perspective plan, five year plan and annual plans, award works only after completion of detailed surveys, take prompt action against defaulting contractors etc.

In the meantime, audit on fuel management in thermal power generating stations of Madhya Pradesh Power Generating Company limited also exposed many lacunae.  The audit report says that Madhya Pradesh Power Generating Company Limited operates four thermal power stations (TPSs) with a total installed capacity of 4,080 Mega Watt with coal and oil as the primary and secondary fuel respectively. During the period 2014-17, the company incurred Rs 13,263.17 crore on procurement of fuel which constituted 56 percent of the total generation cost.

The audit covered the company’s activities relating to fuel management in all the four thermal power stations (TPSs) during the period 2014-17. The audit finding on fuel management by the company during 2014-17 says that company failed to reduce its contracted quantity of coal from South Eastern Coalfields Limited (SECL) even when the Central Electricity Authority had approved retirement of two units of Amarkantak Thermal Power Station in March 2016. Consequently company became liable to pay compensation of Rs 17.21 crore for short lifting of 6.27 lakh metric tones (LMT) of coal. The company failed to swap coal from the more distant SECL to the nearer Western Coalfields Limited (WCL) for supply of 13.37 LMT coal for its Shri Singaji TPS resulting in avoidable expenditure of Rs 80.10 crore towards transportation.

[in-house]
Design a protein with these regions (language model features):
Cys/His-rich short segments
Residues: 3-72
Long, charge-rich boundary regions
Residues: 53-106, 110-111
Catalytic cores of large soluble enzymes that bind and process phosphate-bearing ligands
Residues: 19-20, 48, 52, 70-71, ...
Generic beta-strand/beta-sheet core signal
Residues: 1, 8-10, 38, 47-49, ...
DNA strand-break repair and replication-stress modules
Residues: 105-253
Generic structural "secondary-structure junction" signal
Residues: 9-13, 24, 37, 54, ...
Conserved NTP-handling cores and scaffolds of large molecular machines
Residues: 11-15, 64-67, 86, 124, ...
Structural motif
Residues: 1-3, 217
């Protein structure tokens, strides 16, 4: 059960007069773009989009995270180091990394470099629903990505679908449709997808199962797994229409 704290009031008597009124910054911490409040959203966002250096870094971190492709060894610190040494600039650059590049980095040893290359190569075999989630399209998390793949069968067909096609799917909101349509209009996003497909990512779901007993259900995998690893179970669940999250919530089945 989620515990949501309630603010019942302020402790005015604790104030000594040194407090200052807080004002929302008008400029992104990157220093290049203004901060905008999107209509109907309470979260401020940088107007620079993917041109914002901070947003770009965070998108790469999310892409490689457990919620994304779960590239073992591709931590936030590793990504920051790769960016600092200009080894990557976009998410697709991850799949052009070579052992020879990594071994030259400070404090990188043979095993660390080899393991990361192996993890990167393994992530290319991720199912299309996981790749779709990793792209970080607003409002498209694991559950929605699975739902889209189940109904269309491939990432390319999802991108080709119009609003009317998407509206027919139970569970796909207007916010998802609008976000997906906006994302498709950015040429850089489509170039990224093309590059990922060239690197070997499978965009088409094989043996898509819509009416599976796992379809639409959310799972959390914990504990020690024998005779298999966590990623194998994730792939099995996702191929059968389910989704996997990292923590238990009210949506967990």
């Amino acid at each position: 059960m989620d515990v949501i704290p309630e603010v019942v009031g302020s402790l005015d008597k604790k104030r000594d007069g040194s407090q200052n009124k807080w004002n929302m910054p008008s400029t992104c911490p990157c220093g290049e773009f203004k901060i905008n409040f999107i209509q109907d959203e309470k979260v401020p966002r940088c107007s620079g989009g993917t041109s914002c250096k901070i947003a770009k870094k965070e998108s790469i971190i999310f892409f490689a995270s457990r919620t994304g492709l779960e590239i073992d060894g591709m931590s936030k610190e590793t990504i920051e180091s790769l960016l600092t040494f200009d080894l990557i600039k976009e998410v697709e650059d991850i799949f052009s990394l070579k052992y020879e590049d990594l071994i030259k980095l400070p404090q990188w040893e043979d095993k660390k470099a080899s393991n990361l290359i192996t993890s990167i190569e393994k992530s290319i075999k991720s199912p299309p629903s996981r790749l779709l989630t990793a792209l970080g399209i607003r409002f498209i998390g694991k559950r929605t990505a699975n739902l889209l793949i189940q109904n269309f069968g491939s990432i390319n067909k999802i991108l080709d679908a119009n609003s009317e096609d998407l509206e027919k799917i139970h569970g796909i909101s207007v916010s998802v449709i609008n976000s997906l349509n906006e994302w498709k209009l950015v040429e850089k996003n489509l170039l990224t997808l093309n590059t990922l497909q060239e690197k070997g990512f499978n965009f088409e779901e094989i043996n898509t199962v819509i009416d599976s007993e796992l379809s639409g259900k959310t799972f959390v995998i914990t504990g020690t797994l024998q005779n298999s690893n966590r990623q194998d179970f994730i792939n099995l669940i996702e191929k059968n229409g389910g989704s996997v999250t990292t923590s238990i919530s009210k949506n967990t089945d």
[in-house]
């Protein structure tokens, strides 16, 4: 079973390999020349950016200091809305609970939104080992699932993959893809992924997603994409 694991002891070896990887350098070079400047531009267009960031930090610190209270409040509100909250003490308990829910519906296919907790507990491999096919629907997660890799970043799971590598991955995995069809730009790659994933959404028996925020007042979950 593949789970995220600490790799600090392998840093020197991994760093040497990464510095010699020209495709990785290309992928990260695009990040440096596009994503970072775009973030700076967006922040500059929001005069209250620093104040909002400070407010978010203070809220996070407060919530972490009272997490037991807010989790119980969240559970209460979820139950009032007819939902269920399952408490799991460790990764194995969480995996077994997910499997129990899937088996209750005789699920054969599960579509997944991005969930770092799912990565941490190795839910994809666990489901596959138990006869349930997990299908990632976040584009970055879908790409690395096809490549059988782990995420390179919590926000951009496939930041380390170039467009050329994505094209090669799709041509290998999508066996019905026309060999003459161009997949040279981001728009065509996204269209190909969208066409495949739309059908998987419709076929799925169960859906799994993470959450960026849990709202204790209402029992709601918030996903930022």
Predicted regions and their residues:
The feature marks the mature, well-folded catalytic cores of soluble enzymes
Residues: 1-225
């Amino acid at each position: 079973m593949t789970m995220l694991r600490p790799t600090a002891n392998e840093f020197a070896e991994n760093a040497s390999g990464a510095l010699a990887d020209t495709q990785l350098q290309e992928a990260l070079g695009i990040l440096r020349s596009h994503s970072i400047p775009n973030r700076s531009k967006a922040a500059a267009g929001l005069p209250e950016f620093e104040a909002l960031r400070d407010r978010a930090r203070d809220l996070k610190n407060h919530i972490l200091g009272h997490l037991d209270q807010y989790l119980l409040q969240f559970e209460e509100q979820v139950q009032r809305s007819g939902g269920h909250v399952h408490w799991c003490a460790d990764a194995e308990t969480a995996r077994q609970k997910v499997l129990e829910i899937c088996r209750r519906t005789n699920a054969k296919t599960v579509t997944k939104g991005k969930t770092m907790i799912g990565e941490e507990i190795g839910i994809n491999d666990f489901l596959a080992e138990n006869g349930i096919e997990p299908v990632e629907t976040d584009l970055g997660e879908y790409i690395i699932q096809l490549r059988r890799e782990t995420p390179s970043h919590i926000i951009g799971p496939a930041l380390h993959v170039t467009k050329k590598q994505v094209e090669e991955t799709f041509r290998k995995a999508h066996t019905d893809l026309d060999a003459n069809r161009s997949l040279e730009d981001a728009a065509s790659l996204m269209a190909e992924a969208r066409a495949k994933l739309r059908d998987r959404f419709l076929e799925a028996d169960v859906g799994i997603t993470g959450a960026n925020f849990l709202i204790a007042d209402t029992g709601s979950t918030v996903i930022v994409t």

At Satpura TPS, the company had to pay incentive on account of excess supply of coal in one agreement and penalty on account of short lifting of coal in another agreement to WCL due to failure in judiciously rearranging the supply of coal among the agreements. This resulted in avoidable loss of Rs 50.96 crores. The company short lifted 12.68 LMT of indigenous coal while 1.76 LMT of costlier imported coal was procured. This resulted in extra expenditure of Rs 51.24 crore. The actual station heat rate (SHR) was higher than the norms prescribed by Madhya Pradesh Electricity Regulatory Commission (MPERC) in all thermal power stations (TPSs) during 2014-17 (except in Amarkantak TPS during 2015-17).

The reasons for higher SHR and consequent excess coal consumption were inadequate maintenance and failure to ensure timely overhauling of TPSs, partial loading of the plant and deviations in the technical parameters. Higher SHR resulted in excess consumption of 26.88 LMT of coal costing Rs 866.12 crore. During the period 2014-17, TPSs (except Amarkantak TPS and Sanjay Gandhi TPS Power House III) consumed fuel oil of 20,123 kilo liter costing Rs 95.80 crore, in excess of the norms prescribed by MPERC.

This was due to higher consumption of oil on regular start up, frequent shut down of plant, partial loading, coal flow interruption and coal mill outages. CAG audit recommended that company should assess and procure coal as per actual requirement of units in operations in its thermal power stations (TPSs). It should ensure swapping of coal of decommissioned units for the power plants situated nearer to mines in future. It should lift available indigenous coal and avoid procurement of costlier imported coal